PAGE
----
Growling over growth in Jackson Hole
JACKSON HOLE, Wyo. Jackson Hole is engaged in a noisy debate about population growth. Change the names and the numbers, and its a story that could be about almost any mountain valley of the West.Jackson, the city of 10,000 people, is contained on the north by public lands, and on the east and west by mountains. The logical place for the city to grow is southward, into ranch country called South Park.There, basically as an extension of the city, two major projects already exist. Called Melody Ranch and Rafter J, they are almost entirely of low-density and somewhat large homes, most of them occupied full-time. In other words, this is home to Jacksons upper middle class. But given the economics of land in Jackson Hole, the great growth areas are now more distant, to a place called the Starr Valley, about an hour away, or even across Teton Pass into Idaho, near the communities of Driggs and Victor.Into this situation came a developer from Chicago who has proposed a mixture of free-market and affordable housing 500 units in all to appeal to the middle class, at least as it is defined by the economics of Jackson Hole. Called Teton Meadows Ranch, the project would offer homes ranging in cost from $400,000 to $740,000. Houses would be smaller than 2,000 square feet, with the largest lots no more than a quarter-acre in size.The Jackson Hole News&Guide has had spirited letters on the proposal for months. Most writers despise the continued urbanization of the bucolic neighborhood. Lets have the courage to absolutely cap growth said one writer, Nancy Shea, who argues that the greater ethical obligation is to the elk, the moose, the bear, and the mountain lion.Another letter-writer, Yves R.H. Desgouttes, sees this and other arguments as phony. The moral obligation is to the working class needed to service those who have flocked to Jackson Hole. We should treat them well, he says.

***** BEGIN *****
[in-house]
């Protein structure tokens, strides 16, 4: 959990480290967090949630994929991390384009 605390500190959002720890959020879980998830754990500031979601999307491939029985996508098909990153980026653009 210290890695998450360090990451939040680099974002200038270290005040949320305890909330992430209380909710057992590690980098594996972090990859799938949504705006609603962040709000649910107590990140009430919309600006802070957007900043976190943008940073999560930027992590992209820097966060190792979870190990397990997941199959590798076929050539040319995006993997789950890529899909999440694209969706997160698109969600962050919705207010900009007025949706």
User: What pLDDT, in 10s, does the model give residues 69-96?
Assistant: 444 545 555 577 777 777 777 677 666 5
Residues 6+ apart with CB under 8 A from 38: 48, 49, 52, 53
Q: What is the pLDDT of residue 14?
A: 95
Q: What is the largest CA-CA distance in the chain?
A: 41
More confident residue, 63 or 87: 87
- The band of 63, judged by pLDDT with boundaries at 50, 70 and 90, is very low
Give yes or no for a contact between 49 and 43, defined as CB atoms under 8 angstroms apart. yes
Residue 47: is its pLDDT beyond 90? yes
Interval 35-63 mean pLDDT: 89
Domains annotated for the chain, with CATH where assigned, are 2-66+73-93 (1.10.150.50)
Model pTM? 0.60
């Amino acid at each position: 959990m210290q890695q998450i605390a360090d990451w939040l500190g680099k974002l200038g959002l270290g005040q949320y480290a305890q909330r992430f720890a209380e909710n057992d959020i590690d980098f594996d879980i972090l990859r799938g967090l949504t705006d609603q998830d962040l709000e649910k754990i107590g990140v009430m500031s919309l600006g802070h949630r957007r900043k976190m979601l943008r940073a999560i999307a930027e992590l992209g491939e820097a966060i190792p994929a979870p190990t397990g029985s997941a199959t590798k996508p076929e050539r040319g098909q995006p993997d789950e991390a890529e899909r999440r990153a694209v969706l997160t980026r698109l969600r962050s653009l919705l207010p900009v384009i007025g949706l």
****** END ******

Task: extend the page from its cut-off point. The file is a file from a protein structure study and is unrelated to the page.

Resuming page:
CANMORE, Alberta – Canmore is gearing up for the celebration of its 125th as a community.The town, a recreation-based community of about 10,000 just outside Banff National Park, was created in 1883 by the Canadian Pacific Railway. It was used to store supplies and maintain locomotives. Those tasks were later moved to Calgary, which is about 45 minutes away, but by then mining of anthracite coal had begun. The mine closed in1979, but a reunion of all those who were somehow involved in that mining economy is planned for this summer.Among Colorado mountain towns, there are strong parallels with Crested Butte. There, anthracite and also bituminous coal were mined beginning in the 1880s. However, the last coal mine at Crested Butte closed in 1952.
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